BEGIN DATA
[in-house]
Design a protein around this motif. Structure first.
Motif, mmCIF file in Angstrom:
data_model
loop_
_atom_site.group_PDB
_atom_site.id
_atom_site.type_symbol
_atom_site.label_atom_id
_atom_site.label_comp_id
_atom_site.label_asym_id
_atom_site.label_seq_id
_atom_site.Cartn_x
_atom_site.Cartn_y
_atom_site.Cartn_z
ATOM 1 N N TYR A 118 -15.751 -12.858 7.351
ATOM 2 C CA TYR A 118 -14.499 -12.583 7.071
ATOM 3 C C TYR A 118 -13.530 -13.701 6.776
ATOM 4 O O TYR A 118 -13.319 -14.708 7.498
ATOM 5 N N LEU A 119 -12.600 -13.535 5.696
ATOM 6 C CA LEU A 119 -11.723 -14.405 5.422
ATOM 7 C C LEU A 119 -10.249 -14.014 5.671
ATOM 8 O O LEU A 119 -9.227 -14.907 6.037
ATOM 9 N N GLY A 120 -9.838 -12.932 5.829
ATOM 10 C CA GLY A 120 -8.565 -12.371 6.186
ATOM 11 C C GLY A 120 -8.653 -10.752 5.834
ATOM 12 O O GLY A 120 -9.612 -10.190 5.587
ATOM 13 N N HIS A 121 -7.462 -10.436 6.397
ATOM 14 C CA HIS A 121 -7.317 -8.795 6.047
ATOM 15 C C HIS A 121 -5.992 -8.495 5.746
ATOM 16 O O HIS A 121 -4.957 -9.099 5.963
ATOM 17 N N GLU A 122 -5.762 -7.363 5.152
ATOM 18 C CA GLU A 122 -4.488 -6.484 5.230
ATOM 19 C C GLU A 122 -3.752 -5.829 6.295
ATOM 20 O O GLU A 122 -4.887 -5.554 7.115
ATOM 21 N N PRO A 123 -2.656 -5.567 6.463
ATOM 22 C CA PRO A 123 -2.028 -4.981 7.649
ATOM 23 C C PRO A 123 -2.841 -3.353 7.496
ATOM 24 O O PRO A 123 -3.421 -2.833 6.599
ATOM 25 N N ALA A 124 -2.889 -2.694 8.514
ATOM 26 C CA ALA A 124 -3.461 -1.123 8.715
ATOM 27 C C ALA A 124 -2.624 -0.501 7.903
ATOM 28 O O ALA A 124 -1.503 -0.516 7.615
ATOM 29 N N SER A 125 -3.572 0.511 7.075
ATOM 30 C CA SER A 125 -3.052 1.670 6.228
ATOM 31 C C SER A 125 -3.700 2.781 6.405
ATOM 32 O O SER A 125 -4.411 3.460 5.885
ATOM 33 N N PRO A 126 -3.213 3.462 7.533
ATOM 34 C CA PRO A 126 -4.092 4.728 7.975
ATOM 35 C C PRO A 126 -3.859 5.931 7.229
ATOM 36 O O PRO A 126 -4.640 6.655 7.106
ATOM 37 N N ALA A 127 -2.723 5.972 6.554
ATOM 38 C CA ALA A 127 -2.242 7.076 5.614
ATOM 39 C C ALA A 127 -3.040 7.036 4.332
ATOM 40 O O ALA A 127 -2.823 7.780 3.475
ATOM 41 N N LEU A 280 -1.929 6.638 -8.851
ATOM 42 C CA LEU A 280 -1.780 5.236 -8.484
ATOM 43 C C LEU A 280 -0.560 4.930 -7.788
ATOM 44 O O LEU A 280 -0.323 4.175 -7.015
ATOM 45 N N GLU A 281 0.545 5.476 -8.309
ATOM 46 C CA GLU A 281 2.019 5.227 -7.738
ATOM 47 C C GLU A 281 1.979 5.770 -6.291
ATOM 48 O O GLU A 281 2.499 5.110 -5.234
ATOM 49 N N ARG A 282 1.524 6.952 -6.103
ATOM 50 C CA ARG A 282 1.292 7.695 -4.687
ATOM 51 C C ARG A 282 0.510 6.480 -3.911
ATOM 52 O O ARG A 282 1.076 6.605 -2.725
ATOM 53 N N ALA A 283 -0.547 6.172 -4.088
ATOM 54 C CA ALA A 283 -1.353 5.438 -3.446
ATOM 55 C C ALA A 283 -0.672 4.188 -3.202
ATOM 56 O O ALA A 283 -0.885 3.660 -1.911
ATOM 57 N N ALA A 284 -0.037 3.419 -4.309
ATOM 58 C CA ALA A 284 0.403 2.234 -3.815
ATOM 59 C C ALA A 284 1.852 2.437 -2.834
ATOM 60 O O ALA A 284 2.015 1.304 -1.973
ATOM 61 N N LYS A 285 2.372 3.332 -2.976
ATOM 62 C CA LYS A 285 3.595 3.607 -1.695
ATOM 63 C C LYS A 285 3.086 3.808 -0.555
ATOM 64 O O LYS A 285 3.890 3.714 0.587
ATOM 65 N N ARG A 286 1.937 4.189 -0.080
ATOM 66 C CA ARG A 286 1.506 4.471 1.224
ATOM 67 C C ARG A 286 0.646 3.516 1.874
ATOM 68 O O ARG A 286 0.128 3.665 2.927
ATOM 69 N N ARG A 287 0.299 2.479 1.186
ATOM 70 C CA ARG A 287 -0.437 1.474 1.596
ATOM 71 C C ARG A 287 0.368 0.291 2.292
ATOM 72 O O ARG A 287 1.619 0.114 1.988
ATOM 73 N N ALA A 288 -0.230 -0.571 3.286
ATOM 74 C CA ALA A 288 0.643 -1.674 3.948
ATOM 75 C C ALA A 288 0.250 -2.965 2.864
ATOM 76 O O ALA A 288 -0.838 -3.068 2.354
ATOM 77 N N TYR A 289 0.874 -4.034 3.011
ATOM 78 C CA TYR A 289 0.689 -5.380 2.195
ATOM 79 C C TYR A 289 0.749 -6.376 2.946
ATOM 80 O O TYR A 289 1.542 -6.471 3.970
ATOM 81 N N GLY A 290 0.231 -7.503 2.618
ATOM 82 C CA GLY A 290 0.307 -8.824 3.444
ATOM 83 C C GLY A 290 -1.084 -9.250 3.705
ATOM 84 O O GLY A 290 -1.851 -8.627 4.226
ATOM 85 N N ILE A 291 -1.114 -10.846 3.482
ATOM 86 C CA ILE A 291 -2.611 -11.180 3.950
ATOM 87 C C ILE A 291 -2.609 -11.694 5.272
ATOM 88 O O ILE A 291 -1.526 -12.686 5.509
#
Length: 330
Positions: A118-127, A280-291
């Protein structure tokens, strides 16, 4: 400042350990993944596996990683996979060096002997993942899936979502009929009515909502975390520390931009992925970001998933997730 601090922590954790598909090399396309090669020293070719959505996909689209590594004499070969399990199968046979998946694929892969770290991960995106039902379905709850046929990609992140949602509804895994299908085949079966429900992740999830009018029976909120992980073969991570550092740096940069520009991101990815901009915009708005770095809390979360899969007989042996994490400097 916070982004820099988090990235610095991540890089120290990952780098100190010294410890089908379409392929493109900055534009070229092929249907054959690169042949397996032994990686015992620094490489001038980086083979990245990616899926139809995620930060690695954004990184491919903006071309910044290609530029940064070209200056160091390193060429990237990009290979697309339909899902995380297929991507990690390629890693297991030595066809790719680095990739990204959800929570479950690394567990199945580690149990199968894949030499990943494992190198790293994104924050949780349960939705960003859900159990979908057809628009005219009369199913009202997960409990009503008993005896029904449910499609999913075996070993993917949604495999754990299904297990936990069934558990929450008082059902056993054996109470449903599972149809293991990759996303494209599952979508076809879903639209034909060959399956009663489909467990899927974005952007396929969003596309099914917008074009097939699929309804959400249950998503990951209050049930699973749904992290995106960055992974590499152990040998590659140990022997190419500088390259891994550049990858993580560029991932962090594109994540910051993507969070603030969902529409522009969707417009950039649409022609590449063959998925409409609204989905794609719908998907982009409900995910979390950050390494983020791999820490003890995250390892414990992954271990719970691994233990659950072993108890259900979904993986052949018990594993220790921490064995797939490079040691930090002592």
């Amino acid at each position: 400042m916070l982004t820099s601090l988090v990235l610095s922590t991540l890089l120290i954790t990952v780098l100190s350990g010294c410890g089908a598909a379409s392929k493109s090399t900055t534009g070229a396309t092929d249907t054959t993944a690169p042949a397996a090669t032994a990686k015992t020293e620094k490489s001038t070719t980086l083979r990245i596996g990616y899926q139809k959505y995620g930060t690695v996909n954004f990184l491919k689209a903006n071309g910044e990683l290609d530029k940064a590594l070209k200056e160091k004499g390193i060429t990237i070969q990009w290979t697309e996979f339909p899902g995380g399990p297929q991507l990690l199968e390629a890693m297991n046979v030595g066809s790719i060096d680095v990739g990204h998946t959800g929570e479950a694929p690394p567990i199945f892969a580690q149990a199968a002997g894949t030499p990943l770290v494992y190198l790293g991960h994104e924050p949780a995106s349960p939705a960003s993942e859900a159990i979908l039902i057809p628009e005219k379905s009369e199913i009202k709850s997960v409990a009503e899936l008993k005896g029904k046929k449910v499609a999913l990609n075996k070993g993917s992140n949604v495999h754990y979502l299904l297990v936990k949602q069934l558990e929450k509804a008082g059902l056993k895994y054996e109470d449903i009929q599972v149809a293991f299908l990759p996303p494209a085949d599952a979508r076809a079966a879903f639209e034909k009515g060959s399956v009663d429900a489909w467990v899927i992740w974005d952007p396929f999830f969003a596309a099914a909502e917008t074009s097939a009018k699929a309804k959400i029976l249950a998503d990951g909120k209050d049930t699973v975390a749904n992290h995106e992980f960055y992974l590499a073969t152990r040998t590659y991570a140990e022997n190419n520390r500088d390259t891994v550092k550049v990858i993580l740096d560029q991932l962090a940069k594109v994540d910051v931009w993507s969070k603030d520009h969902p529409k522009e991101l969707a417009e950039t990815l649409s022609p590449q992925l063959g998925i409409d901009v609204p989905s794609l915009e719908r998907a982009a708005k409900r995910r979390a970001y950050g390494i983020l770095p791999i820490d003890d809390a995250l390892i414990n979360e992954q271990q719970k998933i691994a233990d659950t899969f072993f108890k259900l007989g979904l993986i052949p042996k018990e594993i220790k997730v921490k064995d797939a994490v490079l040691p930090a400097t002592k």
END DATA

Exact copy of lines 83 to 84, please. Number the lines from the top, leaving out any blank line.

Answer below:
ATOM 68 O O ARG A 286 0.128 3.665 2.927
ATOM 69 N N ARG A 287 0.299 2.479 1.186